Although it's hardly a popular modern pasttime, I have a devotion to the Infant of Prague, the "Little King," crowned and robed, which my fifth-grade teacher, Sister Mary Rose, planted in me. I was intrigued when my "Snow White" friend admitted that she had recently taken up the same devotion. After the death of her mother, she began to find statues of the Little King turning up in odd places. Or rather, she says, "He found me." And she took Him to her heart and home.
Now the small statues, free of their stiff embroidered robes and clad in the simple priestly alb, send their benediction from several quiet corners in her home. The one above stands in the entry room window. Another holds court in the kitchen, adorened with a rose-ribbon-stole, and a third reigns on her dresser.
I particularly love the evocative shrine that my friend and her children made for the King in the photo above. A clock reminds them that Christ is King over all time. The candlestick is empty, for Christ is the Light of the world. Snake bones and skin they found on their property recall how Christ crushed the serpent's head.
The picture was drawn by my friend, and the quote by Minnie Aumonier below reads: "There is always music amongst the trees but our hearts must be very quiet to hear it."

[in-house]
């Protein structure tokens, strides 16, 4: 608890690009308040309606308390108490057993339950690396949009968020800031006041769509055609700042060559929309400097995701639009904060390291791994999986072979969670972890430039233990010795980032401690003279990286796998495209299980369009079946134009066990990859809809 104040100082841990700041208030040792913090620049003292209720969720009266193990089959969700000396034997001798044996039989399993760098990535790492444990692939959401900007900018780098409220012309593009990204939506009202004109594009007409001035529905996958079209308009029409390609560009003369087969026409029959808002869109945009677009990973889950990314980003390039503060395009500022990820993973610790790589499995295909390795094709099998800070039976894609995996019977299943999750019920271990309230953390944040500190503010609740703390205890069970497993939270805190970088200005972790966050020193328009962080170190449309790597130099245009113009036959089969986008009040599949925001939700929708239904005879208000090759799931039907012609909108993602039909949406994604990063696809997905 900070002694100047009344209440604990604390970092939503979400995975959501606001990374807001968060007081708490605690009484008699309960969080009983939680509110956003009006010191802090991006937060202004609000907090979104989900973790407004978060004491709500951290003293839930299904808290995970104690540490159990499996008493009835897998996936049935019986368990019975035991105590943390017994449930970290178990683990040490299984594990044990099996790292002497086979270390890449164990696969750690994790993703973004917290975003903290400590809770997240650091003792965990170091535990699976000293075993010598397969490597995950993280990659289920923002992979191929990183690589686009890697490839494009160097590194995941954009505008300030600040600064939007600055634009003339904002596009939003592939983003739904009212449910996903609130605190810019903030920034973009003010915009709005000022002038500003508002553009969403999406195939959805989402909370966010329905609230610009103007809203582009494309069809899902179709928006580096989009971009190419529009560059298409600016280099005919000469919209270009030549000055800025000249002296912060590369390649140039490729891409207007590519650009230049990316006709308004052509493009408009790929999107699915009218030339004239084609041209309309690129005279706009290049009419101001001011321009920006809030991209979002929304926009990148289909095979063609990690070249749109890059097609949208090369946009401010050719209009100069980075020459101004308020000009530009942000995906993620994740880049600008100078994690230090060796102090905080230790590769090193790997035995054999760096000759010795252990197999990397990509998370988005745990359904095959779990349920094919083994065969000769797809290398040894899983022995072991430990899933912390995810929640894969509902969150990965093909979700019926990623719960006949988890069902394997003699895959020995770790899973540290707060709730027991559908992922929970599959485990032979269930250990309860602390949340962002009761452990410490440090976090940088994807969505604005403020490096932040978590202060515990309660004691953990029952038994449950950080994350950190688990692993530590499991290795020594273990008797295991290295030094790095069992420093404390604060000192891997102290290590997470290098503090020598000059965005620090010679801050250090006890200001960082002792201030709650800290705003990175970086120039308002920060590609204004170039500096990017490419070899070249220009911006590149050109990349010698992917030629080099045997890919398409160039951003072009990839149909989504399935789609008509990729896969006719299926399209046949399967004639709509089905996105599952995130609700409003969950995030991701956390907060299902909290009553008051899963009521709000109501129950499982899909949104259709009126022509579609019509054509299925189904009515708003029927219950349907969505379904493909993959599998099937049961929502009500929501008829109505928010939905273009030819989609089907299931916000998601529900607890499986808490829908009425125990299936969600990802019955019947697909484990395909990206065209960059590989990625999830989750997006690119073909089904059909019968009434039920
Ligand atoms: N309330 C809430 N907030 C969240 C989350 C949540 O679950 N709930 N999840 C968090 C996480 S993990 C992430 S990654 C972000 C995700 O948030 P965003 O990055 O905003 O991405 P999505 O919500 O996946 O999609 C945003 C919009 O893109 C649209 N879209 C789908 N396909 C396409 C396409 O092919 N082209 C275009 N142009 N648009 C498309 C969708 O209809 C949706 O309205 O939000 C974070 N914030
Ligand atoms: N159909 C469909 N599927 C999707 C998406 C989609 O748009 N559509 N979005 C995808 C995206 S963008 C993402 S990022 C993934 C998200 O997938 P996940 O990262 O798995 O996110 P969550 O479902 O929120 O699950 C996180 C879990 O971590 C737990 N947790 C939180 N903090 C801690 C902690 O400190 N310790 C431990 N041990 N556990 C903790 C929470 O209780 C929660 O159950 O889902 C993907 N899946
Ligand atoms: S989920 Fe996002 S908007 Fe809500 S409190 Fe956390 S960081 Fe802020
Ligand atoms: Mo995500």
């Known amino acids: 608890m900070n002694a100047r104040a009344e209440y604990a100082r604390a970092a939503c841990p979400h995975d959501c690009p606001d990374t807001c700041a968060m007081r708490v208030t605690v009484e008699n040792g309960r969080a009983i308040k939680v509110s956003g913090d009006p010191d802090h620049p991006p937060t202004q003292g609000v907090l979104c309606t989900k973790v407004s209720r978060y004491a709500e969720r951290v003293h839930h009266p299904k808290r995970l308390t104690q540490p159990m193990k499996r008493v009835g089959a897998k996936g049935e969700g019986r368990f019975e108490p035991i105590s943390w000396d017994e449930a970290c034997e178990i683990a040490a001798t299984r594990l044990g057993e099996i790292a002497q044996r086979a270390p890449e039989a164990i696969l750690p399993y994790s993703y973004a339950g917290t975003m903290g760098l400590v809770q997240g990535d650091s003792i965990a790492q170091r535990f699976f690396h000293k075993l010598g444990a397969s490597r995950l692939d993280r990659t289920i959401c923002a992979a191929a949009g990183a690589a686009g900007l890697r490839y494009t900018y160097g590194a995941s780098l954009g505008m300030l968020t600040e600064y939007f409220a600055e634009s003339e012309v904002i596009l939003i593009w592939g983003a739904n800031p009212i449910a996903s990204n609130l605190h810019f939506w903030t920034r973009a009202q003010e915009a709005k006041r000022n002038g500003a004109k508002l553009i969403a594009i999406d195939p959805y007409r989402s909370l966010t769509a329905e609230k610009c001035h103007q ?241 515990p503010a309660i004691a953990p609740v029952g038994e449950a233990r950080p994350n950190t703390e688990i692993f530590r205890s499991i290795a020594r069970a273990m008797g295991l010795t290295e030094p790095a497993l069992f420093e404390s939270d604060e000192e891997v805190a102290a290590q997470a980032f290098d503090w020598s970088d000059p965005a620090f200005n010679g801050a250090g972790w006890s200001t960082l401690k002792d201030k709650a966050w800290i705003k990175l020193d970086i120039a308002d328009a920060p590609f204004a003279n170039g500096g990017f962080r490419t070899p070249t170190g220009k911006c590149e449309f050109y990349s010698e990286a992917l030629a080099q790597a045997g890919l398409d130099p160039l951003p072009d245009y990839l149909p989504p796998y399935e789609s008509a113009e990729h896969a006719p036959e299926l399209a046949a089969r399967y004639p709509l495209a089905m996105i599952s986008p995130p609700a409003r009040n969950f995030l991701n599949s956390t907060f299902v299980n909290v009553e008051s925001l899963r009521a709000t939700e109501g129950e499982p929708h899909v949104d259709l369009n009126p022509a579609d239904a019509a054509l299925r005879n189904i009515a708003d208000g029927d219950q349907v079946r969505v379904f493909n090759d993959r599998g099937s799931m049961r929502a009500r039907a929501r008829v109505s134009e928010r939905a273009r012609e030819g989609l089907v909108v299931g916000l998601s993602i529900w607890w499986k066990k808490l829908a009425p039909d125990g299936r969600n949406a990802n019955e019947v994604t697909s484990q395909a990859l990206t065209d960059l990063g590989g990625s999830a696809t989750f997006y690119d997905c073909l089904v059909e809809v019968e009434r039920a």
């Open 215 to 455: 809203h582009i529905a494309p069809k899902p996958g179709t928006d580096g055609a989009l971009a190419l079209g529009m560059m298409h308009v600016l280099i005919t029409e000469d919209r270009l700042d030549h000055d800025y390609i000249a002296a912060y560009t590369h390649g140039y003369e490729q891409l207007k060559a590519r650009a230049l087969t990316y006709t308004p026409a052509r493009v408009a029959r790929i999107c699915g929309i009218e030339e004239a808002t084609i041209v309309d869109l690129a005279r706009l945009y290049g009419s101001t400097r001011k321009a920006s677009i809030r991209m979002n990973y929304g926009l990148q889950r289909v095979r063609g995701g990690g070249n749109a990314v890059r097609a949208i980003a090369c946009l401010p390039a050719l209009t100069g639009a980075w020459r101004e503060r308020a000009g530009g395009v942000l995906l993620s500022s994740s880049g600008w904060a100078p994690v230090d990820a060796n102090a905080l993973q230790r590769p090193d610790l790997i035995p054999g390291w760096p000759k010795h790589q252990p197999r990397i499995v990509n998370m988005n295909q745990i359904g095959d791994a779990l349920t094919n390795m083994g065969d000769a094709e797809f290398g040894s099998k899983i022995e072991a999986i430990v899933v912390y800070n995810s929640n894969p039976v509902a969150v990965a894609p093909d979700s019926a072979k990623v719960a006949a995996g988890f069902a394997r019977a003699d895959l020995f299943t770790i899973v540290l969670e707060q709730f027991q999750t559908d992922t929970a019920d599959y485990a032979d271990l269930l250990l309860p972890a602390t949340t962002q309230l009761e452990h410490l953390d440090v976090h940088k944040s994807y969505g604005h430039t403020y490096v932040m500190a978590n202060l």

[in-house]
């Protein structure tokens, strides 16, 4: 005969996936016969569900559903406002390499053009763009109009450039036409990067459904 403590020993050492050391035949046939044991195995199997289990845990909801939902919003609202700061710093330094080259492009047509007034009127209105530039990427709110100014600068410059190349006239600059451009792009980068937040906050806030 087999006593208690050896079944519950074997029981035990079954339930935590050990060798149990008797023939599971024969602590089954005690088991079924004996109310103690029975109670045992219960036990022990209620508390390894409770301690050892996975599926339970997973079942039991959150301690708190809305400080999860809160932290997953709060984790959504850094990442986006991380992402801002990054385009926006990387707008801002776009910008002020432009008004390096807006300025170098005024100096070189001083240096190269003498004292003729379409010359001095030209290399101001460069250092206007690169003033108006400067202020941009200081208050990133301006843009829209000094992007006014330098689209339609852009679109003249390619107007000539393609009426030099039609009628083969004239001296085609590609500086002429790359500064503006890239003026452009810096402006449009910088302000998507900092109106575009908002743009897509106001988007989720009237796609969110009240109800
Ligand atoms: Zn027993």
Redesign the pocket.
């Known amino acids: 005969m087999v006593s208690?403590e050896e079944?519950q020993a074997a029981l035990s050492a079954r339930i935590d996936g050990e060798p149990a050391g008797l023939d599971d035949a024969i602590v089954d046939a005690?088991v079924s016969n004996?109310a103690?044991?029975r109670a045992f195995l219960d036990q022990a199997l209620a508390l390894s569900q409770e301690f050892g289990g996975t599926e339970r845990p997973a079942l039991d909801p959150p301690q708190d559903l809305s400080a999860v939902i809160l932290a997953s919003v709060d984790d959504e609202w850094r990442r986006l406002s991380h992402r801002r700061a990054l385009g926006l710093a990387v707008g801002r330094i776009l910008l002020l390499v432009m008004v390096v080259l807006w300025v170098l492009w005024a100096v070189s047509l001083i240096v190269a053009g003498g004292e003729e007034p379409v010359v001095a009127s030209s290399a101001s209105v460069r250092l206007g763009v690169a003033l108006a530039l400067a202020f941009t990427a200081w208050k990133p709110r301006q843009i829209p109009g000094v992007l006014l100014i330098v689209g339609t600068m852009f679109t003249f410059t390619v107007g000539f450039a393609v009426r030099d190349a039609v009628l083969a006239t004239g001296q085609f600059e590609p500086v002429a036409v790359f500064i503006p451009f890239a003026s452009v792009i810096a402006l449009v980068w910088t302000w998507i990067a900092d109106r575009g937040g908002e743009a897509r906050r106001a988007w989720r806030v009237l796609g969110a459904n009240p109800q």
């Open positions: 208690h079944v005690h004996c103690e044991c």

After my son Joshua's death, the non-Catholic parents of a friend of mine made a pilgrimage to Prague, and brought back a tiny statue of the Little King for me. His castle is the shelf over my kitchen sink, a constant reminder to me, as a parent, that the Lord of the Universe is also a Child.
Sister Mary Rose taught her class a poem to the Little King, which perhaps she had composed herself, since I've never found it anywhere else. Alas, I only remember the last verse, but that is enough for a prayer:
Little King, so dear and sweet
Here we cast before Thy feet
All we are, or yet may be,
Every sense and faculty,
All our body, all our soul,
we subject to Thy control.
All our hearts to Thee we bring:
Take them, keep them, Little King.